Sunday, July 24, 2011

Trinity 5 sermon notes

[T]he people pressed upon him to hear the word of God”+

This was a not uncommon occurrence, especially in the earlier part of Jesus' ministry. Both Mark's and Luke's Gospels repeatedly report this pressing upon our Lord. In Mark 3:9 Jesus again takes refuge in a boat to teach the multitudes surrounding him, and this time we are told specifically it was to avoid being crushed by them. The word used by Luke for this crowding is επικείσθαι, and means to “lie upon”. It is the same word used in John's Gospel for the stone lying upon Christ's tomb, fish lying upon the coals of a fire, and by St Luke himself elsewhere for the crowds urgent demands to Pilate for Christ's crucifixion and the storm laying upon the ship in which St Paul experienced shipwreck. It is a word which communicates insistence, heavy pressure, close contact. It is an uncomfortable word in this context, you might say.

But it also a moving word in this context. I cannot help but think of what St Mark says of Jesus in the sixth chapter of his Gospel, verse 34: “[He] saw a great multitude, and he had compassion on them, because they were as sheep without a shepherd: and he began to teach them many things”. They are drawn to Christ and his teaching, despite their sinfulness and ignorance. They press upon him to hear God's word, and often receive it enthusiastically [cp. Mark 12:37], though Christ pronounces that they understand so little of it [Mt 13:13].

Of course, they are partly drawn to Christ through his healings [Mark 3:10, John 12:9] and other miracles, especially the feeding of the multitudes [John 6:26]. You might say that their love for him was largely “need-love”, and perhaps not particularly deep or reflective. But Jesus does not despise them, for all of that. No, he ministers to their needs as they are presented to him, and uses the opportunity to draw them towards spiritual healing and feeding, to help them see their truest need, their fundamental illness.

And it was not only his acts of power that drew them to him. At the end of St Matthew's 7th Chapter, we are told: “the multitudes were astonished at his teaching: for he taught them as one having authority”.

What, then, can it mean when people crowd and crush a teacher they hardly understand, but long to hear? Who often rebukes or challenges them? Who is so far above them he makes them realise their sinfulness by his presence, as happened to St Peter in today's Gospel (“Depart from me, for I am a sinful man”)?

It means that whatever the weakness of their moral commitments, whatever the follies they are taken in by, whatever sin they are addicted to and blinded by, they nevertheless feel their spiritual sickness, sense their guilt, know there is something better. And they are drawn to the Christ, even as their doubts and fears, desires and angers, their Fallen nature, would push him away.

What is this, that can both attract and repel the sheep without a shepherd? Yes, he is good and pure, but this to an extent that is almost incomprehensible as well as impressive, perhaps as irritating as it is beautiful. He shows great kindness with his actions, great wisdom with his words, and all backed up with supernatural authority and power. But his kindness is not returned, as the mob's cries before Pilate showed. His wisdom is so surprising, unnatural and unnerving, that it is often missed even by his closest friends. And his power is hidden at a key moment.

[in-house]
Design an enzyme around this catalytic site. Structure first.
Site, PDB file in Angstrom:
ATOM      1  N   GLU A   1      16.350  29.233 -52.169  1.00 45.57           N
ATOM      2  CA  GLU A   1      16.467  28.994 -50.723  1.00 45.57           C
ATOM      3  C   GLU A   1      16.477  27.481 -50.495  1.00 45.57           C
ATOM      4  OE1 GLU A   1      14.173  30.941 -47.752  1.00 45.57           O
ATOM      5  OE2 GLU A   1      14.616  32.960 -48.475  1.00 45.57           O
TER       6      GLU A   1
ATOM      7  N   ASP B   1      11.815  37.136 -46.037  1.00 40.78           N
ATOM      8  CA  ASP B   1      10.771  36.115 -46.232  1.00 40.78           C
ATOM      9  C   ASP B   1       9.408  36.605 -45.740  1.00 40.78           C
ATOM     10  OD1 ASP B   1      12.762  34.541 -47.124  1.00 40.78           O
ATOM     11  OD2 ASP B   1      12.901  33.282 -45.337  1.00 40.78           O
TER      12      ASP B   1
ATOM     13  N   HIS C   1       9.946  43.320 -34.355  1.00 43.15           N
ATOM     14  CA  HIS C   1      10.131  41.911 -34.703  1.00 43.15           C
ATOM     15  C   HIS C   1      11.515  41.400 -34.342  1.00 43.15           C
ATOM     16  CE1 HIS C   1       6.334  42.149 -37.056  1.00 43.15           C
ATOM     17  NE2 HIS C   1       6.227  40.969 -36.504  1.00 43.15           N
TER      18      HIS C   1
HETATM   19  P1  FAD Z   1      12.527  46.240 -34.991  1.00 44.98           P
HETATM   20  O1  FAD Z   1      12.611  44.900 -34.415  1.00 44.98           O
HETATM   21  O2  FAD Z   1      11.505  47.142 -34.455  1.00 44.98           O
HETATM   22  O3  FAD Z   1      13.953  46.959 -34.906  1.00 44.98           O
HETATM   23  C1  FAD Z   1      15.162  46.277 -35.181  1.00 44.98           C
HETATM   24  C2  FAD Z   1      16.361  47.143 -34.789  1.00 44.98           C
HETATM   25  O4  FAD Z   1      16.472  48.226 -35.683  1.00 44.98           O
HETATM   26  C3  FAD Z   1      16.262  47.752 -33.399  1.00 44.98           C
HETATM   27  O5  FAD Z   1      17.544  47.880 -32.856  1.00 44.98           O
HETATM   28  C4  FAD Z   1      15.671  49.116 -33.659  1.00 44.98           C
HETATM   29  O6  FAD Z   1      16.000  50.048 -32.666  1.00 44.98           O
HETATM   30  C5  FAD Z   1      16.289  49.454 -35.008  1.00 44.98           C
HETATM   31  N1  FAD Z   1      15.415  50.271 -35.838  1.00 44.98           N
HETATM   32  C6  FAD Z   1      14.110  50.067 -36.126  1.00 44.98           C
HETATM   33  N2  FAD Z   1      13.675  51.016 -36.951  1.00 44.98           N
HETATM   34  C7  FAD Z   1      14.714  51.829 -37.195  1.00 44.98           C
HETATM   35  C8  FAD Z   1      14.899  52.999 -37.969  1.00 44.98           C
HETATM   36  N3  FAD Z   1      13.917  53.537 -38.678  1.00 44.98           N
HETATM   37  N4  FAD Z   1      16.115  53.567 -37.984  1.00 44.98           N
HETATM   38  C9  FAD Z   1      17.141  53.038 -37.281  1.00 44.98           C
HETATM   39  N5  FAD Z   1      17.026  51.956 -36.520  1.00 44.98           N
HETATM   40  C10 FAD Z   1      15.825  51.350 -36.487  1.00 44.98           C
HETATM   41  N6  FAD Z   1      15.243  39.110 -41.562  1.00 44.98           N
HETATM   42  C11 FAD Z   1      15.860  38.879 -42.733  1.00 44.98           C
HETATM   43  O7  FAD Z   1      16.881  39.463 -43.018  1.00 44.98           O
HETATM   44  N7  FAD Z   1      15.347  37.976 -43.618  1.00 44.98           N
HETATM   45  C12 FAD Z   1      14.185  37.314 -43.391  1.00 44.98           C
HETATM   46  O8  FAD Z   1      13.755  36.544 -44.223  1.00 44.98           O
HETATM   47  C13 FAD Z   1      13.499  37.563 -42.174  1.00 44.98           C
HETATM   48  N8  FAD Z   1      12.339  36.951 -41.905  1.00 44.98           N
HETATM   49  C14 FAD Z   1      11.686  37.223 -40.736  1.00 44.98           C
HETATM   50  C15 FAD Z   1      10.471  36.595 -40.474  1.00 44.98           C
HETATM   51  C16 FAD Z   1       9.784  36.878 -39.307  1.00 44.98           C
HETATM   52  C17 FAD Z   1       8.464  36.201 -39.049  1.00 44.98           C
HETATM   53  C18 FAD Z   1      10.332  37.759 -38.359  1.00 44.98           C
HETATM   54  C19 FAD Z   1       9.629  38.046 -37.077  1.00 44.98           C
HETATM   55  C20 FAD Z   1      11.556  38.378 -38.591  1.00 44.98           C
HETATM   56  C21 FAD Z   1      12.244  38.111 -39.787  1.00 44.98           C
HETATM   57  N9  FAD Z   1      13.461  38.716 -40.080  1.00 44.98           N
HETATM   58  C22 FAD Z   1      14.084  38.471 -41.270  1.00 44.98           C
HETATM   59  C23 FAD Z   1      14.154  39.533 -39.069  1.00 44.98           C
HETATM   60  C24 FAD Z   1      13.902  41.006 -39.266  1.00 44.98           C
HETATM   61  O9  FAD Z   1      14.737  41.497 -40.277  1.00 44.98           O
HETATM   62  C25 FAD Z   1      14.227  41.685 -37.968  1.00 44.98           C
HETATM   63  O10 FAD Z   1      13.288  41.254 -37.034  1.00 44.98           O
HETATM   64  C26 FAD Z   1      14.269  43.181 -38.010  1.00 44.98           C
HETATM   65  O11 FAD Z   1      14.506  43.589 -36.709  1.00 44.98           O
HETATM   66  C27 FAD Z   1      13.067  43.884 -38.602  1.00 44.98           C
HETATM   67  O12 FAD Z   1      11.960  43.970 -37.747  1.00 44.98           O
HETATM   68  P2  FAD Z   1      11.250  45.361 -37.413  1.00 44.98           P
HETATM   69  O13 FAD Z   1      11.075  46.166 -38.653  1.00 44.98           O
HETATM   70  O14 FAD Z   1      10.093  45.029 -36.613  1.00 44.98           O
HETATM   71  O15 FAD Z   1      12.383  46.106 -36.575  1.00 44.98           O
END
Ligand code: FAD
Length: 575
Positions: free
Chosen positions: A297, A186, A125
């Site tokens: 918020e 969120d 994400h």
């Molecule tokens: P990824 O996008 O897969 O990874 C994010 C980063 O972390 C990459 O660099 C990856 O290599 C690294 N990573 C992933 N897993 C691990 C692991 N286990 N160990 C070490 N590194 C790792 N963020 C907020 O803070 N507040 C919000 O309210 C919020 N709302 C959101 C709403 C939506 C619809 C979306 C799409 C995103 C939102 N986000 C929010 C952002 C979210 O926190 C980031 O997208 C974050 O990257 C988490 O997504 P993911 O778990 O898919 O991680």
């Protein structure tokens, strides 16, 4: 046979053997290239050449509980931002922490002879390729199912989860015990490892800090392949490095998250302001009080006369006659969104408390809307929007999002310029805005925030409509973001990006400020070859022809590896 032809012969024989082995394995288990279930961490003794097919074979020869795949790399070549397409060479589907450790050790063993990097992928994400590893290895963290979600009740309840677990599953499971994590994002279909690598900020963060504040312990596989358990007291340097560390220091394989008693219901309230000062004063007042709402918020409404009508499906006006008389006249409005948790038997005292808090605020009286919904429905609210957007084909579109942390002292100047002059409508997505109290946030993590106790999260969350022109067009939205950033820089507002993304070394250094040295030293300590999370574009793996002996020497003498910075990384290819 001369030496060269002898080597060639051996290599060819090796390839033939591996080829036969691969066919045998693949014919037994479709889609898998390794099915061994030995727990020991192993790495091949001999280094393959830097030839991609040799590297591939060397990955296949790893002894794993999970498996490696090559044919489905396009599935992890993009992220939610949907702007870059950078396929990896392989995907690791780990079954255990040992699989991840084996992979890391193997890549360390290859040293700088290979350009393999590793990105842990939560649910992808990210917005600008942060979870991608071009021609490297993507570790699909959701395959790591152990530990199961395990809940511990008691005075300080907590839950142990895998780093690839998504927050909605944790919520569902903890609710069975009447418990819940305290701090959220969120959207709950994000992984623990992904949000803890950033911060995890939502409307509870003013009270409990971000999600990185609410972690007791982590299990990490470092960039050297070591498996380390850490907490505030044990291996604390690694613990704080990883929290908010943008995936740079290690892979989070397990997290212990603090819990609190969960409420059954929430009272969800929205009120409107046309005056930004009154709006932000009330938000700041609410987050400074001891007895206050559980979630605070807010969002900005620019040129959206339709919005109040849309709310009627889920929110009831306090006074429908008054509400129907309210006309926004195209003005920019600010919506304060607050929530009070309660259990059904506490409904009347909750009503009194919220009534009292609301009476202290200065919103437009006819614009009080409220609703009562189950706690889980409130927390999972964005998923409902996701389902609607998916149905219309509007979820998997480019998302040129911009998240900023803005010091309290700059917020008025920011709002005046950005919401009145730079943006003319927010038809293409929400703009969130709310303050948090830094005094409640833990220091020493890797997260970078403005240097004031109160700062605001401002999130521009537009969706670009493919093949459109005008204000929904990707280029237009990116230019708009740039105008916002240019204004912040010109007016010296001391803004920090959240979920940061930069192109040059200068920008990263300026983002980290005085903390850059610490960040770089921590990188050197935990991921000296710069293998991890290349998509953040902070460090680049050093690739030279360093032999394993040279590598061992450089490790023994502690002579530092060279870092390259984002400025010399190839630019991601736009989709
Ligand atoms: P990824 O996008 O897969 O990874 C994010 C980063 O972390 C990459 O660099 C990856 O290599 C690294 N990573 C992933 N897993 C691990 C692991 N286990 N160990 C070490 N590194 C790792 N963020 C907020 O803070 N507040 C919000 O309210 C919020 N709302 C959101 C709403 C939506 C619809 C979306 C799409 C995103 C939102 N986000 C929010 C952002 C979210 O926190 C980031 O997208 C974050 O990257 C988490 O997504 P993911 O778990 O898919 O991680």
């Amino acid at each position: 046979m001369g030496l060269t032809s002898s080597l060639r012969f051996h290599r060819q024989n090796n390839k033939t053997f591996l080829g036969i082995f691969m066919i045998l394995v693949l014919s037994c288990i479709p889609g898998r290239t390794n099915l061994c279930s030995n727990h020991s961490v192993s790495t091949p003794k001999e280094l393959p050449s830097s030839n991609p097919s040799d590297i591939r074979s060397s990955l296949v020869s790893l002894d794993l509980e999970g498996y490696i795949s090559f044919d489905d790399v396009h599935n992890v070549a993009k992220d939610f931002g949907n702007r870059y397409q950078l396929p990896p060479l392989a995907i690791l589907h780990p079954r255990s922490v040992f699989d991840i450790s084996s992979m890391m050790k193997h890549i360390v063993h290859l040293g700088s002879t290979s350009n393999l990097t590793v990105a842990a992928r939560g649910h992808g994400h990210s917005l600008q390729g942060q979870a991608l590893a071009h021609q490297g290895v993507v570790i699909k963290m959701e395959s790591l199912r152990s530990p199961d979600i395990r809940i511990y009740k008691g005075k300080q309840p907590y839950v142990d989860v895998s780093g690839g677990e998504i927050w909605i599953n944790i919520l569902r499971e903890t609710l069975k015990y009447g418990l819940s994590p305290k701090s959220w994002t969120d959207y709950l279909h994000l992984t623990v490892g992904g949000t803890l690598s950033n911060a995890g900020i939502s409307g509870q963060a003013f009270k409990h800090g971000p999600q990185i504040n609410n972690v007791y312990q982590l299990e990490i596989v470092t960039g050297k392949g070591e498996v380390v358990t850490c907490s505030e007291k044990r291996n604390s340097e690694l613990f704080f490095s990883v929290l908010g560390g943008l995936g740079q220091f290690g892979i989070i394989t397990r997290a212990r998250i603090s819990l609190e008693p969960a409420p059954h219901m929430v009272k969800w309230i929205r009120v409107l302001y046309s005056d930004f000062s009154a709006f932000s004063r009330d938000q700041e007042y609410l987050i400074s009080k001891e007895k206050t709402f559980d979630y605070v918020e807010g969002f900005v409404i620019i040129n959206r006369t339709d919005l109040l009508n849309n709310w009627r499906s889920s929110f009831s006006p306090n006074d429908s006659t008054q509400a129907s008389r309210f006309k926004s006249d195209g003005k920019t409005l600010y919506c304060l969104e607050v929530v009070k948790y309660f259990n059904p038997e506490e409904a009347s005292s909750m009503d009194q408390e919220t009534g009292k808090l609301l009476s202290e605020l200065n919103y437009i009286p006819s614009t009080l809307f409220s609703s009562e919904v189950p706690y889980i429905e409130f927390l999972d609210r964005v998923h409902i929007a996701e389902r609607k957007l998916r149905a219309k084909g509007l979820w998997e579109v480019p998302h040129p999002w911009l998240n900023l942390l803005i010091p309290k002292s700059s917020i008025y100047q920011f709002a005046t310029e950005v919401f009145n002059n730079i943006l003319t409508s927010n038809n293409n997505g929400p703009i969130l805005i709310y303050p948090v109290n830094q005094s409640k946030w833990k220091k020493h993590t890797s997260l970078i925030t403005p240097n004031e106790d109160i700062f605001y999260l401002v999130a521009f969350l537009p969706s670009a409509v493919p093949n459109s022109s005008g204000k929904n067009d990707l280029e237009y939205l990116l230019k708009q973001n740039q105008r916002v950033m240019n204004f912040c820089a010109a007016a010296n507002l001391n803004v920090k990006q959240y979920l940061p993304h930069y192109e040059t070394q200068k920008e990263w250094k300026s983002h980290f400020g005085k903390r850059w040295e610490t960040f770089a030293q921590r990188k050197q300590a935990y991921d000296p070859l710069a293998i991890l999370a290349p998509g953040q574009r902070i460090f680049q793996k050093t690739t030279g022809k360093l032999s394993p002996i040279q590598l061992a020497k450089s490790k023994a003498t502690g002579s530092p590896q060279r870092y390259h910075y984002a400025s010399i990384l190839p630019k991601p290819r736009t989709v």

However, it cannot be denied that the people “pressed upon him to hear the word of God”, and “heard him gladly”. Though the Truth is beyond them, and even against them, in a sense, as it reveals their darkness by its light, by the grace of God they do recognise it for what it is. They also, at some level, desire it. This is because God has not left himself “without witness”, whether in Scripture, nature or conscience [Acts 14:17, cp. Romans 1 & 2], and because Christ's light “enlightens every man” [John 1:9].

But it is also because our Lord combines holiness and compassion, wisdom and strength, in his words and deeds. Holy compassion. Not mere pious disapproval. Not mere sentimentality which avoids hard words. Strong wisdom. Not mere eloquence or cleverness which leaves things just as they are. Not acts of overwhelming power that leave hearts untouched. We would do well to consider this example in our own lives, our own witness to others.

When the people came to Jesus, they came to a teacher who they knew loved them, and who they knew would do something about it. They came to a teacher who they knew, knew, even if they did not know how or why he knew. But he did know, with deepest understanding and assurance, that of which he did speak.

So, how does this relate to Jesus' statement: “When I am lifted up from the earth, I will draw all men unto me” (John 12:32)? At the Cross, all these characteristics of Jesus and his teaching find what we may call their logical conclusion. But they also find their most perfect fulfilment and manifestation. As the Church imitates and presents this Christ, it will see that pressure upon, that drawing into, that urgent influx of the lost sheep towards Him. The word of God, the word of the Gospel will, in that way, do its glorious work. +

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